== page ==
The mud, sticky from recent rain, clumped together on the members’ shoes, weighing them down; one lawmaker briefly lost her shoe and cried out for help in a rare moment of levity.

Trump’s wall is a hulking mass that extends west for miles. But Biden had ordered its construction to be stopped, and this was one location where the wall abruptly ended, allowing migrants simply to walk around it.

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“You can immediately see why the wall works: the height of the wall, the way it's constructed. You immediately understand that Trump's border wall is constructed in a way where you can't get over it. You can't go through it. You can't go under it,” Banks told The Hill, the structure just over his shoulder.

“President Biden on Day One signs an executive order that stops construction of the wall, and that creates an entryway which is why this section is a hot spot,” Banks continued. “You have thousands of migrants passing through this area on a regular basis on nights like tonight, because there's an open door that allows them to do that.”

Other Republicans who visited the border late Tuesday night included Reps. Lauren BoebertLauren BoebertHouse GOP stages mask mandate protest House at war over Jan. 6 inquiry, mask mandate GOP, Democrats battle over masks in House, Senate MORE (Colo.), Mike JohnsonJames (Mike) Michael JohnsonGOP's Banks burnishes brand with Pelosi veto Republicans divided on how hard to push vaccines McCarthy, GOP face a delicate dance on Jan. 6 committee MORE (La.), Darrell IssaDarrell Edward IssaDarrell Issa gets Democratic challenger ahead of 2022 GOP leans into racial issues ahead of midterms 'I want to cry': House Republicans take emotional trip to the border MORE (Calif.), John RoseJohn Williams RoseSuspected Capitol rioter at border during Republican lawmakers' visit: report 'I want to cry': House Republicans take emotional trip to the border Republicans eye Nashville crack-up to gain House seat MORE (Tenn.), Ralph NormanRalph Warren NormanTempers flare as some in GOP ignore new House mask mandate Greene, Massie, Norman sue Pelosi over mask fines GOP brawls over Trump on eve of first Jan. 6 hearing MORE (S.C.), Lisa McClain (Mich.) and Madison Cawthorn (N.C.), as well as Texas Reps. Randy WeberRandall (Randy) Keith Weber'I want to cry': House Republicans take emotional trip to the border Roy introduces bill blocking Chinese Communist Party members from buying US land Texas Republicans condemn state Democrats for response to official calling Scott an 'Oreo' MORE, August Pfluger, Brian Babin and Ronny Jackson.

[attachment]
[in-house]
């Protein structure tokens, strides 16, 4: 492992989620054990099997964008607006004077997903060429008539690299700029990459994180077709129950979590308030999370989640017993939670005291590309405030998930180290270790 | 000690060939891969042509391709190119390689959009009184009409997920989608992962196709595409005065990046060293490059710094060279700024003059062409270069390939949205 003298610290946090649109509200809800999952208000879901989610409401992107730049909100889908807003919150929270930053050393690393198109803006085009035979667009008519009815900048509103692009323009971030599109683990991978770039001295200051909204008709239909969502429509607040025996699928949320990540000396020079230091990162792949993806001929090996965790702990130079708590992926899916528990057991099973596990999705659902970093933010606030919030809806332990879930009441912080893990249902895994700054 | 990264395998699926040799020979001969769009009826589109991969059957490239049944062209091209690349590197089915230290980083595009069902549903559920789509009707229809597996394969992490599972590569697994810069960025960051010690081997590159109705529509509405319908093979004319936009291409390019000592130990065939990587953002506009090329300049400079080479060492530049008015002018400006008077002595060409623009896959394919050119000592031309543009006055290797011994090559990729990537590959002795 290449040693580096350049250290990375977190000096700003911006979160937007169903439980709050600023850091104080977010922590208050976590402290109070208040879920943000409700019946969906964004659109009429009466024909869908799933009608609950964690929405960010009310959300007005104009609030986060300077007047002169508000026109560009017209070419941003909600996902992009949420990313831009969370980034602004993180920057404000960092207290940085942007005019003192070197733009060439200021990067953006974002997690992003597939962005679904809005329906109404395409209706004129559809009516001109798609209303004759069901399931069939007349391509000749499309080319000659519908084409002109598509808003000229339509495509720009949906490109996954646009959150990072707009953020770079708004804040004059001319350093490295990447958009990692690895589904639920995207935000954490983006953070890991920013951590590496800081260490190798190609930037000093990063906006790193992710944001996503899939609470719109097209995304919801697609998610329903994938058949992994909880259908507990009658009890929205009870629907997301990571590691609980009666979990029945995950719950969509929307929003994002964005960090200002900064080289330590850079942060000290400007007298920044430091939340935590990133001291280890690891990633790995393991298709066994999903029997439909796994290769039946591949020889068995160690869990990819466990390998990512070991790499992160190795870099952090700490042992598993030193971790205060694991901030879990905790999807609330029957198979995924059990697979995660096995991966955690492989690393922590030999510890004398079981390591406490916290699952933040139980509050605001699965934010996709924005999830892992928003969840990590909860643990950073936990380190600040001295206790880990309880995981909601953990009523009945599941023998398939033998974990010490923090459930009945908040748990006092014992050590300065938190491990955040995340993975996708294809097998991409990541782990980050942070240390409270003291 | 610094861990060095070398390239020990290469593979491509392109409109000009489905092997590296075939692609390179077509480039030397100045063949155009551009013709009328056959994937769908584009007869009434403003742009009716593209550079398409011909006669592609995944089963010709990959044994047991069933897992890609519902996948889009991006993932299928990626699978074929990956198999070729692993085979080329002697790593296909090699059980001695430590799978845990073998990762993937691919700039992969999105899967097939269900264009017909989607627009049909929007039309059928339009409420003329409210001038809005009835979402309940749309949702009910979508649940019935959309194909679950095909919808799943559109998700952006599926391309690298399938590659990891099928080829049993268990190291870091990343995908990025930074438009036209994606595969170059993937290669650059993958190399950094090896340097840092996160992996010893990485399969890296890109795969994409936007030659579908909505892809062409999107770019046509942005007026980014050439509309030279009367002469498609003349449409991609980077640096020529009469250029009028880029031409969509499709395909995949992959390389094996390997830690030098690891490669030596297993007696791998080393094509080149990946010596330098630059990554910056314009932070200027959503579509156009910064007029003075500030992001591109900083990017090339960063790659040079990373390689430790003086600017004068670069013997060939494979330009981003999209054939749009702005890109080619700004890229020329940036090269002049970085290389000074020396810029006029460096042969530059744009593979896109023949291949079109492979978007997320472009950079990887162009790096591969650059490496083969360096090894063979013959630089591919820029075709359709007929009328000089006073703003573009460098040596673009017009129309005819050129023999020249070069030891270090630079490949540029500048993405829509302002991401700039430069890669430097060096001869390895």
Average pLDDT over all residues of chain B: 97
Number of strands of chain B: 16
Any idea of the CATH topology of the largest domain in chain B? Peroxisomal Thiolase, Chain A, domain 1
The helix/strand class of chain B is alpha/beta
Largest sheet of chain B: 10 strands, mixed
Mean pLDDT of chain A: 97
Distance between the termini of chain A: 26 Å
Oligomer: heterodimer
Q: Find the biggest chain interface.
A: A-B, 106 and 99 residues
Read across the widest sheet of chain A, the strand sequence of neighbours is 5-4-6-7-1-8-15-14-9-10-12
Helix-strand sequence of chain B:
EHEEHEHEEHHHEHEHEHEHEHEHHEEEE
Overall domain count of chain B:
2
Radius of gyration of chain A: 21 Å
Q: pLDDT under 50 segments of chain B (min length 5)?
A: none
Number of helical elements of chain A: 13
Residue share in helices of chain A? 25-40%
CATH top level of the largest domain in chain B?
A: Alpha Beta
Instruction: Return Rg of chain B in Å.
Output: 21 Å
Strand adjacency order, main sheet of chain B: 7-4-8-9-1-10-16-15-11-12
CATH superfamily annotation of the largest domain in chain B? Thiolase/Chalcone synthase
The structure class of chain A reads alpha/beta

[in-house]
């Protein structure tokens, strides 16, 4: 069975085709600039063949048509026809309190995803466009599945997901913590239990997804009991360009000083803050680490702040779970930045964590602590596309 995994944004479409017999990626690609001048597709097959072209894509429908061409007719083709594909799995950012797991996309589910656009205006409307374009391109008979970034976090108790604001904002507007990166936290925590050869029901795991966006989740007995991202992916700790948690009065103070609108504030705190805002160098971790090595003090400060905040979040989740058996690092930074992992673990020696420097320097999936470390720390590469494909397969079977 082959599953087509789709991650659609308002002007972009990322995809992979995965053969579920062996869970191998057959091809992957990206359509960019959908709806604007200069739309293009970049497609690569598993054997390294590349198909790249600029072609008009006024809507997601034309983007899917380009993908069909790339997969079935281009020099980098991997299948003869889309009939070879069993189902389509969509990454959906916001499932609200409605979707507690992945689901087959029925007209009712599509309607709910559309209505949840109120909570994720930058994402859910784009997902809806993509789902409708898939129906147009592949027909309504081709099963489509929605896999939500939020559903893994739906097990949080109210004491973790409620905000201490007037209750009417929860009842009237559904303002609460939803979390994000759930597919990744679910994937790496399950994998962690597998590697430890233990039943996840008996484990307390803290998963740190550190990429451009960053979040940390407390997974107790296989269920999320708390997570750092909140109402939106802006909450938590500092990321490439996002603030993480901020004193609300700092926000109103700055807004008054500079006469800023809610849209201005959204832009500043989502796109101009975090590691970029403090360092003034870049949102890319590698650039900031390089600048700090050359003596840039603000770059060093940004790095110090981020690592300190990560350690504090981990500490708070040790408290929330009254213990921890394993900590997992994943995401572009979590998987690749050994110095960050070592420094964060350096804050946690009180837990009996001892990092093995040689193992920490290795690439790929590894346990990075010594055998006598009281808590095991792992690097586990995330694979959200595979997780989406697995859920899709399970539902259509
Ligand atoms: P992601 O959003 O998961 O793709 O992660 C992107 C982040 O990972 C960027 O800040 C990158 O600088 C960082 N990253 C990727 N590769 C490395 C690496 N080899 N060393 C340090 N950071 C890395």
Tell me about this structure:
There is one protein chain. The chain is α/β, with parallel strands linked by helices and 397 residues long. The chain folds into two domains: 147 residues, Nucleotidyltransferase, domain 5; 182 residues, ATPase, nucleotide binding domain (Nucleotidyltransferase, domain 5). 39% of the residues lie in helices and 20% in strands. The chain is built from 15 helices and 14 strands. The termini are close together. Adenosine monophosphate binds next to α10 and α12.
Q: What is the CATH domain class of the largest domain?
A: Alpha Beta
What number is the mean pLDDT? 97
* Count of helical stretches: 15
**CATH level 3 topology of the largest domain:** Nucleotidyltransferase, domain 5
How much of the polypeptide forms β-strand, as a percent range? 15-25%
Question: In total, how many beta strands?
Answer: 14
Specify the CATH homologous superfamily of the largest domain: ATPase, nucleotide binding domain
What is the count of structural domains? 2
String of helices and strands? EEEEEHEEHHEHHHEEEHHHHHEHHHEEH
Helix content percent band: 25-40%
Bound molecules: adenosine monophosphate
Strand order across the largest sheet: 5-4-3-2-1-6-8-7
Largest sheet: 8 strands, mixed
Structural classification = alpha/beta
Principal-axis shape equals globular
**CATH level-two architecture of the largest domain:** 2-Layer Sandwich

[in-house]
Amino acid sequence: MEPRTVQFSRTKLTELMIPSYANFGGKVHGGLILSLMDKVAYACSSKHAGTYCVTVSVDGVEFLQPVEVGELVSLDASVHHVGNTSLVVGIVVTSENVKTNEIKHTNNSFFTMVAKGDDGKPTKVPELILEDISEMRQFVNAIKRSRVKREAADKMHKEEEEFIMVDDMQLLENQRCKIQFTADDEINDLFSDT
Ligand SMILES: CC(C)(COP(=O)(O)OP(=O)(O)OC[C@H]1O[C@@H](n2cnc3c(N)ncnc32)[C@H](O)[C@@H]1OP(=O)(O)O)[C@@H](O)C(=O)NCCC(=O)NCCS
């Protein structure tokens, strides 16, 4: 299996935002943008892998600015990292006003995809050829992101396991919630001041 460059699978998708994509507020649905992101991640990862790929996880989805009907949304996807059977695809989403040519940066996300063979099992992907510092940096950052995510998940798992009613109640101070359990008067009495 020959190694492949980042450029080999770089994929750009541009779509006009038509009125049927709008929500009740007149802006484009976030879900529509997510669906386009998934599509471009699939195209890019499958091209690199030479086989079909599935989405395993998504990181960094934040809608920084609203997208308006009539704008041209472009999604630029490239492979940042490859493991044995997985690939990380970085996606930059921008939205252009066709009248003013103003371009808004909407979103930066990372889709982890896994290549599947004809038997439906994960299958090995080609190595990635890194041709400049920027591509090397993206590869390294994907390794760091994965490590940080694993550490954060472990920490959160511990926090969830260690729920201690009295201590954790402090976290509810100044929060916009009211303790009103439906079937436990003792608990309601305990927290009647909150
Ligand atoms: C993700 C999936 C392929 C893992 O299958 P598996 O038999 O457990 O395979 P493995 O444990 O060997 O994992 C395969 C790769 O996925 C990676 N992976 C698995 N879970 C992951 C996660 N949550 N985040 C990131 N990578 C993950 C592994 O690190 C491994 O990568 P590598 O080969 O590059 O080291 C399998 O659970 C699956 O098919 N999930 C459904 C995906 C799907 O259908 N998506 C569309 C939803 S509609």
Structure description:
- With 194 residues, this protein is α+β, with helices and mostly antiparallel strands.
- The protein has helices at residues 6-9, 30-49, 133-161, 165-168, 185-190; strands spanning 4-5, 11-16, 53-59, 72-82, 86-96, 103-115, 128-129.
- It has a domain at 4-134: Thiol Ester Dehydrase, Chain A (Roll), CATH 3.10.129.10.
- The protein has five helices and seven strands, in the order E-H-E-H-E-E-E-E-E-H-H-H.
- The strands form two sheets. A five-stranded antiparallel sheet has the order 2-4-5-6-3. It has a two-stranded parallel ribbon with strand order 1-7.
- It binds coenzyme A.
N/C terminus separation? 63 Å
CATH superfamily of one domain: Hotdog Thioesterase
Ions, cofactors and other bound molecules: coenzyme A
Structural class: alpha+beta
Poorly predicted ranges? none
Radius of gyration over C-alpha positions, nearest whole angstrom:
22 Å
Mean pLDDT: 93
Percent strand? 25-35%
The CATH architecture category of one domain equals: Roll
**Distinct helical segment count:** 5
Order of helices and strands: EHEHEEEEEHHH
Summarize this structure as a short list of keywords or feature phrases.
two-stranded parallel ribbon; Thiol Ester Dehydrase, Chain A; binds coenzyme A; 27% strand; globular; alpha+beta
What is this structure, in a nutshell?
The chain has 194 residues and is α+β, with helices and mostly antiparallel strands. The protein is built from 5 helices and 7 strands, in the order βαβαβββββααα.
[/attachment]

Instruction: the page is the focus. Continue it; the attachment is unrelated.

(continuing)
Cawthorn, who also had never been to the border, examined colored wristbands that Mexican cartels and smugglers recently have been putting on the migrants. Some of the wristbands read “entregas,” which means “deliveries” in Spanish.

“They’re basically treating people like Amazon products, saying that you’re delivered as if you are an asset being dropped off,” Cawthorn told The Hill. “There is no care that that is a human being, someone who has a soul, someone who has unalienable rights that predate any government. It’s sick.”